And, remember, working on your own internalized racism and speaking out against racism is not a favor to Black people. 

Being an ally is a thought out and consistent set of behaviors to dismantle our discriminatory belief systems.

Challenge racist comments and ideologies within your own home and communities.

In these social situations, you hold privilege and power.

You must have these difficult conversations on race and racial inequality with the ones you love and other non-black people in your life. You must initiate these conversations with other non-black people so that race isn’t a topic that is only addressed when a black person brings it up, or after a black person has been persecuted.

Be proactive when witnessing any form of racism, even if someone is not being directly harmed by it at the moment. 

Make your allyship intersectional.

The erasure of Black trans people and Black women throughout history and in modern movements is just one area where patriarchy and white supremacy intersect. 

To counteract this, it’s important to name this violence specifically and center those who are most marginalized.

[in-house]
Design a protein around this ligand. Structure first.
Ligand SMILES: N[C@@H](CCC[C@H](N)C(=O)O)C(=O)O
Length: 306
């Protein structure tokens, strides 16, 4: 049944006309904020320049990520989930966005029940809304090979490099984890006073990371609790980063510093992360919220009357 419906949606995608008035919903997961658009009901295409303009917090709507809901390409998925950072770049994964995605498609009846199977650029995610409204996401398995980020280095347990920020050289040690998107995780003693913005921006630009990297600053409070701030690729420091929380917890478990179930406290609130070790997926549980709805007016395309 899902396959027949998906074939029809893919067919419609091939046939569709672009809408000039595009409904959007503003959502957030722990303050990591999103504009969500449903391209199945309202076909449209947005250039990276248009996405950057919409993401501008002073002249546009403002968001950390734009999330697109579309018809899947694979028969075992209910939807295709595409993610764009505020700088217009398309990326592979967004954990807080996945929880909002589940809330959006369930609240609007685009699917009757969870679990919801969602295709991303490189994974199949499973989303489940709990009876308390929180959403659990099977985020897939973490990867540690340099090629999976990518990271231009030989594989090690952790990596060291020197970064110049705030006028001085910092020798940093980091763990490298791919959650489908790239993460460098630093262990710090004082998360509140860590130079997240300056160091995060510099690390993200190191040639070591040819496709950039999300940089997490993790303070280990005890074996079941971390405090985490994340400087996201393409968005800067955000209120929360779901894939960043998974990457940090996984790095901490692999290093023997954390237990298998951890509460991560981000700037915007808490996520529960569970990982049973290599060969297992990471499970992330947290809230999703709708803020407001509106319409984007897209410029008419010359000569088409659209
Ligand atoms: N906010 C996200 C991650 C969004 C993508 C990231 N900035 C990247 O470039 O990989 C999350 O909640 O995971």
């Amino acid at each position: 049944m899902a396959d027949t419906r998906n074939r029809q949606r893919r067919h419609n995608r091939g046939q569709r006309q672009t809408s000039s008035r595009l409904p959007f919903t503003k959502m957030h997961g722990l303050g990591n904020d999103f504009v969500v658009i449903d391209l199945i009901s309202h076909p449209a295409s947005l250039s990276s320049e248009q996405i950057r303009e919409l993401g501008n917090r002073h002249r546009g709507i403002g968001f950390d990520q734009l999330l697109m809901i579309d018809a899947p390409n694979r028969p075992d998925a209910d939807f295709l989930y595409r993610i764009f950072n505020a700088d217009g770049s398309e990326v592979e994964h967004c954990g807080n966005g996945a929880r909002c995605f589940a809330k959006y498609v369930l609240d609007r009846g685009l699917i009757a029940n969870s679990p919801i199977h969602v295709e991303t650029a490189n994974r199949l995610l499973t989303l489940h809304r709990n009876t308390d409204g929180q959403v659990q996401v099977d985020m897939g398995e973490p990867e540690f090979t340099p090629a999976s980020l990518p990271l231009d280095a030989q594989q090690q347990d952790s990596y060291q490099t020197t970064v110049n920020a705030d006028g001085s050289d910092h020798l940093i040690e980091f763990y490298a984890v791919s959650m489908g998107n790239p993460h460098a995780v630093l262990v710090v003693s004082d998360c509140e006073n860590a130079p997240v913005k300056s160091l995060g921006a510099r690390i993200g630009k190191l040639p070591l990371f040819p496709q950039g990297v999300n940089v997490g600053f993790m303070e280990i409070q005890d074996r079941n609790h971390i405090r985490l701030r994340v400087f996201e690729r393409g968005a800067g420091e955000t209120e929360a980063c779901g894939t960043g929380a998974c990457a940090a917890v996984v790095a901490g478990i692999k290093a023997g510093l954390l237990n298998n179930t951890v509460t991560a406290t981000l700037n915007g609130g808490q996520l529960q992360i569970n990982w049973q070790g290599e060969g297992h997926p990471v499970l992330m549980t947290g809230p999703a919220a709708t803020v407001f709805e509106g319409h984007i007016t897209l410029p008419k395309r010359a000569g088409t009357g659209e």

This means supporting organizations that serve these more marginalized demographics and learning about the unique struggles that they face. 

Avoid sharing content that is traumatic/triggering.

Regardless of your intentions, sharing videos and images of Black people being abused and murdered can be triggering for many Black people to see. Often, images of violence against Black people are shared without any thought to the traumatization it can cause and reinforce. 

Can you imagine how you would feel to watch people who look like you get beat, yelled at, or even murdered all over social media? 

While it is important to share stories of injustice to hold people and institutions accountable, consider if it is necessary for you to share. And, if it is, are you also sharing as many stories of success, joy, and helpful resources? 

Stop supporting organizations that promote hate or fund white-supremacist and hateful organizations. 

Instead, support black businesses. Part of tearing down those hateful organizations, specifically in an economic sense, is putting your money where your mouth is because how you spend your money is political.

By supporting more Black-owned companies, you can help create more opportunities for meaningful savings, property ownership, credit building, and generational wealth for black communities.

We all want the world to be a better place. But it takes each of us, working diligently every day, to create and uphold equality. 

Throughout all of Black History Month, we will be celebrating Black icons within the transgender and queer community as well as sharing Black businesses, resources, and ways for allies to support them. 


Simon Bellamy he/him
Writer | Content Creator